All the Blue and Green

 In Wild Pedagogy

It was the last day of a four day University canoe trip in classic “blue lake and rocky shore” terrain. My bow paddler was completing his first canoe trip. We had a few lakes and portages still to travel. He would have described himself as an urban lad with no experience in this sort of thing. Yet he was a natural.

Out of the blue (literally) and breaking a long contented silence, he piped out the following line that struck me to the core. He said “I get it, all the blue and green on Canadian maps, it all looks like this.” It was a grand moment of realization for him and a confirmation of all things wild pedagogy for me.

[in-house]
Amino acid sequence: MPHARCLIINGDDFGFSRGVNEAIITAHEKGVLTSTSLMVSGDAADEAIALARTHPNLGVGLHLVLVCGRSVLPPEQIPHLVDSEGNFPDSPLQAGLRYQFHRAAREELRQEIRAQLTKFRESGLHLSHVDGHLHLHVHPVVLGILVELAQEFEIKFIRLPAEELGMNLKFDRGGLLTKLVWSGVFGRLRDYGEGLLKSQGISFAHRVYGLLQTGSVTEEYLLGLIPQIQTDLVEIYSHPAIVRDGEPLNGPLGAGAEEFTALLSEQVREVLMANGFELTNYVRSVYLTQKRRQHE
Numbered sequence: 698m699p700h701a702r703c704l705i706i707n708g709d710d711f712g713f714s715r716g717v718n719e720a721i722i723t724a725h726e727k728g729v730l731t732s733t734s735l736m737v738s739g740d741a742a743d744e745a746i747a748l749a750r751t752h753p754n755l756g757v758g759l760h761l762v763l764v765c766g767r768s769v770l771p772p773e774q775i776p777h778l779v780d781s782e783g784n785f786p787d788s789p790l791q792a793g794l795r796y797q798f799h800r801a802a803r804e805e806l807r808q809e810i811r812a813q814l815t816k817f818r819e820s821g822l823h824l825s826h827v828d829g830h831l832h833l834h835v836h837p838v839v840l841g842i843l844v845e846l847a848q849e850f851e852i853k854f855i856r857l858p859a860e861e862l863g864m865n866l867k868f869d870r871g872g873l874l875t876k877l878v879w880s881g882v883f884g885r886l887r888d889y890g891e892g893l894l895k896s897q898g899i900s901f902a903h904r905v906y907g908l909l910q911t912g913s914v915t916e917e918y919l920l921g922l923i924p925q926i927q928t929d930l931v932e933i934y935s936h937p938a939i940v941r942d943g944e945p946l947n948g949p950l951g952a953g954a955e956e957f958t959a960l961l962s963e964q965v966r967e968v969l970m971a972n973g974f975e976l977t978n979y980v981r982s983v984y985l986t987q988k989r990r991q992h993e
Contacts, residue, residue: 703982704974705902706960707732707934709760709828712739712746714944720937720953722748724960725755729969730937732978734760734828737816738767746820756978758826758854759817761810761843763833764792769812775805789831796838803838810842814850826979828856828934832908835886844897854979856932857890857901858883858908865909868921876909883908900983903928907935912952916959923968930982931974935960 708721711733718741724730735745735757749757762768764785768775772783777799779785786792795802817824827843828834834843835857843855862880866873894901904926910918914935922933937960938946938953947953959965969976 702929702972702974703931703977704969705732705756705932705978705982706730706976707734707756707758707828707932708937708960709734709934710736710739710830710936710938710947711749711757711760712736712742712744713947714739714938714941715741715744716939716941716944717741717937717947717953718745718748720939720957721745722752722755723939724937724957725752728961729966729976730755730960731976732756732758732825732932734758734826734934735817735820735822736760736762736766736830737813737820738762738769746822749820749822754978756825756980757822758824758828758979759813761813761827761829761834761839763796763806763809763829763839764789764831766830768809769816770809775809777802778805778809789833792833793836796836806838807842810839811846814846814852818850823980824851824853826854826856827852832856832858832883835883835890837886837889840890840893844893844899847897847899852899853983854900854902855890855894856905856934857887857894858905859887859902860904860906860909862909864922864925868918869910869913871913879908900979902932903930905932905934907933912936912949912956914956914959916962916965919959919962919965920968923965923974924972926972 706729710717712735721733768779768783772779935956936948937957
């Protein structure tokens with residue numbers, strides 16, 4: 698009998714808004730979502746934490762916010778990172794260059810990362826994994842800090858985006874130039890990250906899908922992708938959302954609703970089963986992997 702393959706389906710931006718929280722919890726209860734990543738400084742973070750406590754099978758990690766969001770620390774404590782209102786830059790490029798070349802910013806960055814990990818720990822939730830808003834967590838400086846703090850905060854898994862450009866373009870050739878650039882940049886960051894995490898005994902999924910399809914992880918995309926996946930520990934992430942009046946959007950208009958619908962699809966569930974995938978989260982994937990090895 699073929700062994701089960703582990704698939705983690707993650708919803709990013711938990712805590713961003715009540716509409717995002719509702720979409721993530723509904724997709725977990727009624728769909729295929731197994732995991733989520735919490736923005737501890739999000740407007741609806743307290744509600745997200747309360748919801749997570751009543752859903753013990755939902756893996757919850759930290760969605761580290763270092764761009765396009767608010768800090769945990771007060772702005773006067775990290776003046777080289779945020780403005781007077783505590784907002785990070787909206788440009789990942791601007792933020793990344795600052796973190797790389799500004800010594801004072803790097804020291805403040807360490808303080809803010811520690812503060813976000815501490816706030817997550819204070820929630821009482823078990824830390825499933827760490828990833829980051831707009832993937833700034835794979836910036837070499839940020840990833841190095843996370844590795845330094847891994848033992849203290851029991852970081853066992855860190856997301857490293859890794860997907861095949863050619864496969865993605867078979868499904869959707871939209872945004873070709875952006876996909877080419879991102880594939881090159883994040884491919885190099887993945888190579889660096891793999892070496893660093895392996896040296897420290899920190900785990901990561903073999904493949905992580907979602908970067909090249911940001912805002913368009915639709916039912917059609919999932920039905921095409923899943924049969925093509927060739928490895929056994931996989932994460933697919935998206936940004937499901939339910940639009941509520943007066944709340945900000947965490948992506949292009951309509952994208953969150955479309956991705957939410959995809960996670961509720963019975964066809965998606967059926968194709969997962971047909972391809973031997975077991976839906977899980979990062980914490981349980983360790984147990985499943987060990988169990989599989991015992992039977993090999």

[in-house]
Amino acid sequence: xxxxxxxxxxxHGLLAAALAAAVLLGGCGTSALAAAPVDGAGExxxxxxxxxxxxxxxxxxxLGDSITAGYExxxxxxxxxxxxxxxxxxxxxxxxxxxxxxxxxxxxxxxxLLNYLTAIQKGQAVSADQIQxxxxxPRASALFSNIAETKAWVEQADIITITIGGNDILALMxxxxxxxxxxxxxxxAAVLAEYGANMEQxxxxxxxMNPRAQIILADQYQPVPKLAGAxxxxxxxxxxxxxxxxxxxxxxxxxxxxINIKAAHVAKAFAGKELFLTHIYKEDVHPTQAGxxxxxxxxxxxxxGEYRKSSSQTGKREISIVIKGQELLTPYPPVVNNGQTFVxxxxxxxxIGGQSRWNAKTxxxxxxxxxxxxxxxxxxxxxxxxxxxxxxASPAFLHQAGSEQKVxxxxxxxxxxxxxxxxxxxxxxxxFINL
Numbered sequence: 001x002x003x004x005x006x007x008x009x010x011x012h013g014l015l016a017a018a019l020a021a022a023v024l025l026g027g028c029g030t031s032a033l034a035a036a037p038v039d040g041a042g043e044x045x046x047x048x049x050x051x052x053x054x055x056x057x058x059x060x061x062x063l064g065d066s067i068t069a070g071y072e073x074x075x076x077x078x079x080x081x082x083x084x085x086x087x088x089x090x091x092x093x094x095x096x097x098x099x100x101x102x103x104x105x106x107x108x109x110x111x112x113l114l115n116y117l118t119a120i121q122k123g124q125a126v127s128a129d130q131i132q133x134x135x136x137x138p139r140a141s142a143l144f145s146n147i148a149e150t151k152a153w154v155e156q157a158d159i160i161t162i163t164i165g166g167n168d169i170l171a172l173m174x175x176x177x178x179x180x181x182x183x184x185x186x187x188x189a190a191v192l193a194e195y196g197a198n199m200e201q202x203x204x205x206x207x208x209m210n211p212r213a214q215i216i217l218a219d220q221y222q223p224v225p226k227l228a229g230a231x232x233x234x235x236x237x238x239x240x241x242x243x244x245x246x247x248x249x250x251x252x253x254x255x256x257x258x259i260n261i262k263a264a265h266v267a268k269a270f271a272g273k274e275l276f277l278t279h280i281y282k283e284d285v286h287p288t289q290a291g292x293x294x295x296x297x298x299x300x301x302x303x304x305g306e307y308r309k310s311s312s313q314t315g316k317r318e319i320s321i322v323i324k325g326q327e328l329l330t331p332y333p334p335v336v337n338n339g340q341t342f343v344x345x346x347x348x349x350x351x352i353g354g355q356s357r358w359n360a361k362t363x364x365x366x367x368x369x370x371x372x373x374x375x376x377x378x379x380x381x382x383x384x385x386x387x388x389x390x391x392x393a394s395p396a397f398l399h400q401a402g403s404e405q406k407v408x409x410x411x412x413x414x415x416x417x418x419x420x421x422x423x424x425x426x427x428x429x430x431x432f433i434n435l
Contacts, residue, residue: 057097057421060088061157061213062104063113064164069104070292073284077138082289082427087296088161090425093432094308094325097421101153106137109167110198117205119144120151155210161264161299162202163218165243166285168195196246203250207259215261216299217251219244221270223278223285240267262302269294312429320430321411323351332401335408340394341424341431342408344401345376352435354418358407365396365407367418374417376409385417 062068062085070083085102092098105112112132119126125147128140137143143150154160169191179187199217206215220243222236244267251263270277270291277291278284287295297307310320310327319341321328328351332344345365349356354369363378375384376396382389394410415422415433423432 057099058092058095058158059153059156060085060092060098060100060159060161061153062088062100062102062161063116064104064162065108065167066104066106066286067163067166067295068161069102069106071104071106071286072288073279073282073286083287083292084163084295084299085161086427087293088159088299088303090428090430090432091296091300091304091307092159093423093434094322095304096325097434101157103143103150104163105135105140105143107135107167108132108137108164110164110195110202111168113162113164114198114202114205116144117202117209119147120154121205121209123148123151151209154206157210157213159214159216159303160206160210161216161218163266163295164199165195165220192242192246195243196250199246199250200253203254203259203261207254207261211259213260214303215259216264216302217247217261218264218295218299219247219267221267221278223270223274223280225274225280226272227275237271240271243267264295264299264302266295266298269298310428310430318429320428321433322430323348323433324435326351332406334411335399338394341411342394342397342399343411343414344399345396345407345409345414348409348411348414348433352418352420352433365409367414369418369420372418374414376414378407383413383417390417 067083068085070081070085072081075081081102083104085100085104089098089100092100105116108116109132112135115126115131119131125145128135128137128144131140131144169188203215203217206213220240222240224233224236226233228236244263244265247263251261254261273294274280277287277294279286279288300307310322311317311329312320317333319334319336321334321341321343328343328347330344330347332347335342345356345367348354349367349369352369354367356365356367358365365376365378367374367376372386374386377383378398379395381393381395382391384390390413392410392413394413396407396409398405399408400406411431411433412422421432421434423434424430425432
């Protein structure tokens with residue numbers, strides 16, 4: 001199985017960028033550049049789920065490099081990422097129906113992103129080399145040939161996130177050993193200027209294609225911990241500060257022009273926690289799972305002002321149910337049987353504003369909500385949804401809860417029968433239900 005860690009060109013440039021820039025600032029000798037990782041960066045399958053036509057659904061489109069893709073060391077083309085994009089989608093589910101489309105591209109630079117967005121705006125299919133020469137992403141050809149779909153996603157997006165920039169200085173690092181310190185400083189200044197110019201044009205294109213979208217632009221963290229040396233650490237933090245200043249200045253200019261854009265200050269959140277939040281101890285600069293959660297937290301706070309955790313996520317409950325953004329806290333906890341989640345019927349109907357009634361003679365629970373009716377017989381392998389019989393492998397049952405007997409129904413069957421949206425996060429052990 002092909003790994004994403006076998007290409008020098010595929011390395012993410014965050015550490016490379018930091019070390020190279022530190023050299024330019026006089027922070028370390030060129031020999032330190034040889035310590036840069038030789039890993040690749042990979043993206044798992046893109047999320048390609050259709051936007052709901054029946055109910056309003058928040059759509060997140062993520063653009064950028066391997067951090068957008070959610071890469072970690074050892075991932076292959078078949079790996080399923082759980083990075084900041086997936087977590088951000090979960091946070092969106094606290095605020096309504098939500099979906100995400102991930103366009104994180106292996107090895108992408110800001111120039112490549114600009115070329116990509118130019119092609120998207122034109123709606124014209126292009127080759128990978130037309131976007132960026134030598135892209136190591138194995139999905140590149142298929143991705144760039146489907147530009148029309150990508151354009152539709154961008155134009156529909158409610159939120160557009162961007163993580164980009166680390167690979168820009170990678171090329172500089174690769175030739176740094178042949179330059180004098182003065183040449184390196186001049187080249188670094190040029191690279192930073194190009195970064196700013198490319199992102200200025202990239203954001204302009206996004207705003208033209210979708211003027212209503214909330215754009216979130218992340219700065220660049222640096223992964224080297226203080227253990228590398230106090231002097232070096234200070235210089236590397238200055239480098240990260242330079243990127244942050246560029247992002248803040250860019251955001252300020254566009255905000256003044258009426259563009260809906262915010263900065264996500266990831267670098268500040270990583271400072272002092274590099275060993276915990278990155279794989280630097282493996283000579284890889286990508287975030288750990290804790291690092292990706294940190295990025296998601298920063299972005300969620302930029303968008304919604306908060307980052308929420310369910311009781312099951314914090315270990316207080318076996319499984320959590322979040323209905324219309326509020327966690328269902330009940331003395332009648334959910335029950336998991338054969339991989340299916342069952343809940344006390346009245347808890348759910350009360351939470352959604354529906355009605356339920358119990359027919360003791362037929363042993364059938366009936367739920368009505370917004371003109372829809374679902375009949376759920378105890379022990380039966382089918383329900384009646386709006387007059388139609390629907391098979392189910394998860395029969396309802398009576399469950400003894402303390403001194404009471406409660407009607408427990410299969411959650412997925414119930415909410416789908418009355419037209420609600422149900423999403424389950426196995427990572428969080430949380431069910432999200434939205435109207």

He’s right really. About three-quarters of Canada is Canadian Shield and we were in the thick of it and he sensed something special for himself in that moment and I had a tear come to my eye. Special for me too.

How do we ever “teach” Canadian history, literature, geography, anthropology, native studies without time on the land, in this case, in a canoe IN the blue and green of those maps and IN the land. He got something that day that he has for life, a feel for being Canadian, a feel for a wisdom of indigenous culture (often referred to on the trail together) and a feel of (to so often quote Canadian ecologist John Livingston) “being part of a greater enterprise.” There is adventure here and pride/understanding of country and …..well…..perhaps even a touch of a fleeting moment of connectedness to a spirit IN the land. I think it was a wild pedagogy moment: one I have embraced for over thirty years.

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